New Orleans Jazz, Mahalia Jackson and the Philosophy of Art, PB (vol2)

ISBN 978 1909281 81 3
434 pages.
Published 2021


Paperback, PDF

It was in a Nazi prison camp during World War II that 22-year-old Hans Rookmaaker read the Bible and became a Christian. It was there too he received his first instruction in the Neo-Calvinist philosophy of Dooyeweerd by an older fellow prisoner, J.P.A. Mekkes. And it was there the young Rookmaaker started writing his Sketch for an Aesthetic Theory based on the Philosophy of the Cosmonomic Idea.
The philosophical writings brought together in the second volume of the Complete Works show the Dooyeweerdian roots of Rookmaaker’s art-historical work, an essential insight for a proper understanding of his philosophical framework.
After the war, Rookmaaker returned to academic life and opted to research art history as his ‘mission field’, but only after seriously considering the field of musicology first. Rookmaaker loved music, especially jazz, blues, spirituals and black gospel music; his lifelong interest and lively enthusiasm are expressed in the book and articles included here.
Marleen Hengelaar-Rookmaaker is editor-in-chief of ArtWay,, an online service and resource in Dutch and English about the visual arts and faith for individuals and congregations. She did her studies in musicology at the University of Amsterdam, complemented with minors in art history and liturgical studies at the Free University in Amsterdam. For many years she has worked as a freelance editor, translator and writer. She edited the Complete Works of her father, art historian Hans Rookmaaker, contributed to books, and wrote articles about popular music, liturgy, and the visual arts. She was editor of a Dutch book of visual meditations for Lent (2012) and co-authored a Dutch handbook for art in the church (2015). In 2019 she co-curated the Art Stations of the cross in Amsterdam. She lives in Langbroek in the Netherlands.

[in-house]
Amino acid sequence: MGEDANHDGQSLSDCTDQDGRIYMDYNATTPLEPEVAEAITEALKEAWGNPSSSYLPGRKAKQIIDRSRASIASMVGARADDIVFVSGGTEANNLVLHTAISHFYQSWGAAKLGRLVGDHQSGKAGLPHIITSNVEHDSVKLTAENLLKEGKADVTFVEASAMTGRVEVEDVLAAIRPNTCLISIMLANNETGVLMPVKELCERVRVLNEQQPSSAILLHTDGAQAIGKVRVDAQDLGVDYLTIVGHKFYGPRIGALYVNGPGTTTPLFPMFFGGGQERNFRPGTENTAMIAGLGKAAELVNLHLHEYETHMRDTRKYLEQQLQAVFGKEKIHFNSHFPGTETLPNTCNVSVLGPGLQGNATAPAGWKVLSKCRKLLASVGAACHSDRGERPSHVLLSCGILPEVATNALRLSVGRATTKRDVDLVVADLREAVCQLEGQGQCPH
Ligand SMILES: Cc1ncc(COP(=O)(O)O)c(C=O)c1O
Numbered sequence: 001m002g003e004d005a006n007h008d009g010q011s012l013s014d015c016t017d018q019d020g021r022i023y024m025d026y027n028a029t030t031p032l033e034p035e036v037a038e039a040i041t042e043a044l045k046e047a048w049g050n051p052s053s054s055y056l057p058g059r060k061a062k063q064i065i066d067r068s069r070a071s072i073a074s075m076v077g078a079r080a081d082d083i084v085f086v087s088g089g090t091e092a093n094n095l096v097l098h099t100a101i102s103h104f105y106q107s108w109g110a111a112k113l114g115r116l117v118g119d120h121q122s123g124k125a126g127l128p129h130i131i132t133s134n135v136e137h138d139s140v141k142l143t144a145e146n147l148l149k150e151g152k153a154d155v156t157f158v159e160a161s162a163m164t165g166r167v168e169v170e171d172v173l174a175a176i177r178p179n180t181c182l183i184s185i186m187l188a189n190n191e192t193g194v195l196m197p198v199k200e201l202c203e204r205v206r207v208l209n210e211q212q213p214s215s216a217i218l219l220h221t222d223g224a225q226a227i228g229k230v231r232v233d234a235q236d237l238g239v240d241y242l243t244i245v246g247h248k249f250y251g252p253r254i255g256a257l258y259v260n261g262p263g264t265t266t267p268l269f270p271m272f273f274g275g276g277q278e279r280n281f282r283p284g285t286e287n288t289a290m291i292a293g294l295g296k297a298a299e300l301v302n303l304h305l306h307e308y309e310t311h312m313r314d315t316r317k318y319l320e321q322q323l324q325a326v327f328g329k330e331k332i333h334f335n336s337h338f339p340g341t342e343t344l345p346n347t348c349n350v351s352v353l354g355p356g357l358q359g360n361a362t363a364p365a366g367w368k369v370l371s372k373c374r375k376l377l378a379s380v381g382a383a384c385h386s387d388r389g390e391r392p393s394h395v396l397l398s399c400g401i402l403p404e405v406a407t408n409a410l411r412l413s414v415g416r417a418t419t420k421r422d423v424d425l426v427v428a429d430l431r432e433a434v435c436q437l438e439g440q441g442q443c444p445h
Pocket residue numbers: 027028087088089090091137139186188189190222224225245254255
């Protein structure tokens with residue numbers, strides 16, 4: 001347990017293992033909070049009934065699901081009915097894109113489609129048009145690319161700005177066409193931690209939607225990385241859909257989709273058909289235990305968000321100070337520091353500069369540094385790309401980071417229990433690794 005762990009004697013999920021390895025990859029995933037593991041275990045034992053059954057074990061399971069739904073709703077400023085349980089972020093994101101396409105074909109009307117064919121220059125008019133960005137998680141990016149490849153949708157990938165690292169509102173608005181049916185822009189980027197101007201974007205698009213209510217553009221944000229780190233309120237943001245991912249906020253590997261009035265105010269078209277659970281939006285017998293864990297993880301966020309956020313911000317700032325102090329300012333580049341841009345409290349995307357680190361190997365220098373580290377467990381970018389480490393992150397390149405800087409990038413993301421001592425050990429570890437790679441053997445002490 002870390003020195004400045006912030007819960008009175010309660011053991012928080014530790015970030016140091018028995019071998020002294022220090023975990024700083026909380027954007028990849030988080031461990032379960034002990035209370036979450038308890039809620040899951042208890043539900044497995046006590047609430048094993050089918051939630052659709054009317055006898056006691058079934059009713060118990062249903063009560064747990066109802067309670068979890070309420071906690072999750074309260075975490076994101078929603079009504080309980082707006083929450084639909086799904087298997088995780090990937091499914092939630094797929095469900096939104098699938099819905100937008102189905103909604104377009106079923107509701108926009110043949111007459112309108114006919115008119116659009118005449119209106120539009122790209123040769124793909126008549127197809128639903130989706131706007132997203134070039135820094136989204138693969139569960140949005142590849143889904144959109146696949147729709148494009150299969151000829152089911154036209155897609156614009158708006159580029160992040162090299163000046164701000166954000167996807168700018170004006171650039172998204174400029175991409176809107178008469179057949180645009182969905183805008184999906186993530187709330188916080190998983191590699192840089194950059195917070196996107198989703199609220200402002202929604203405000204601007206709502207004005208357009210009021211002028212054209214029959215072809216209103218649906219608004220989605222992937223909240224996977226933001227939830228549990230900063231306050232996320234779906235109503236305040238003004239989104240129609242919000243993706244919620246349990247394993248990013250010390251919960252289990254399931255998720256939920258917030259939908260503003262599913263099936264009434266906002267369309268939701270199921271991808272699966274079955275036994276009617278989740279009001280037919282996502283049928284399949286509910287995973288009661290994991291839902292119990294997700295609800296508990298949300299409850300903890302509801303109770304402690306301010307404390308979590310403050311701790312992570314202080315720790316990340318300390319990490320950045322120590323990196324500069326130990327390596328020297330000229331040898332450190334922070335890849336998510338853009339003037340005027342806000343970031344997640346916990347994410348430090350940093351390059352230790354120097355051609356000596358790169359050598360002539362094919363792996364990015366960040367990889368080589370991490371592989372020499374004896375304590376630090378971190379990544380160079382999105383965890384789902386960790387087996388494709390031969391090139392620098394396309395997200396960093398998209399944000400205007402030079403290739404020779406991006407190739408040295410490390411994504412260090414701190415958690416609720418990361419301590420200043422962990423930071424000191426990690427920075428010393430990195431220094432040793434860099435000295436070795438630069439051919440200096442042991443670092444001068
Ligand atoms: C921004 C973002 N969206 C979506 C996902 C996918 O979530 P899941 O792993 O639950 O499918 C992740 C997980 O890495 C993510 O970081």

“The republication of H.R. Rookmaaker’s Works is a welcome event indeed … (written) from a rich, Christian perspective. We should be particularly grateful for the reappearance of his pioneering works on African-American music. Like good wine, these extraordinary texts have only improved with age.”

William Edgar, Professor of Apologetics at Westminster Theological Seminary, Philadelphia

Table of Contents

Contents of Volume 2

List of Photographs xi

Acknowledgments xii

Part I: Philosophy and Aesthetics

The Basic principles of the Philosophy of the Cosmonomic Idea 3

1 Basic principles (3); 2 The Philosophy of the Cosmonomic

Idea (5); 3 How is reality constructed? (6); 4 What is the use

of philosophy? (8)

What the Philosophy of the Cosmonomic Idea has Meant to Me 10

The Philosophy of Unbelievers 13

1 Philosophy and the human heart (13); 2 Philosophy and the

world order (16)

Book Review: Dr J. Stellingwerff, Origin and Future of Creative Man 21

Sketch for an Aesthetic Theory based on the Philosophy of the

Cosmonomic Idea 24

General introduction (24);1 Aesthetic theory (25); 2A The science

of art, general (56); 2B The science of art, applied to music (63);

Epilogue (77)

Style and World View 80

1 What is style? (80); 2 Who influences style? (81); 3 The influences

of style on art (82); 4 Style and world view in the twentieth

century (84); 5 Style and Christian art (87)

The Aesthetic Sphere and Disclosure 89

Science, Aesthetics and Art 93

Science (93); Aesthetics (99); Art (107)

The Iconic Function 114

Norms for Art and Art Education? 116

The problem of our time (116); Norms for art (118); Beyond words

and proof (120); We all use norms (121); Historicism (122);

Subjectivism (124); Aestheticism (125); The fear of the future

generations (126); Art is difficult (127); The structure of a work

of art (127); Art and world view (129); Reality is not static (130);

Judging art (131); Conclusions (134)

Art, Aesthetics, and Beauty 138

Art (138); Aesthetics (140); Beauty (142)

Art, Philosophy and our View of Reality 144

We see what we know (145); Against subjectivism (146); Three

examples (144)

Book Review: Calvin G. Seerveld, A Turnabout in Aesthetics to

Understanding 151

Part II: Jazz, Blues and Spirituals

Preface by Hans Rookmaaker to the First Edition 157

Acknowledgments to the First Edition 158

1 Origins 159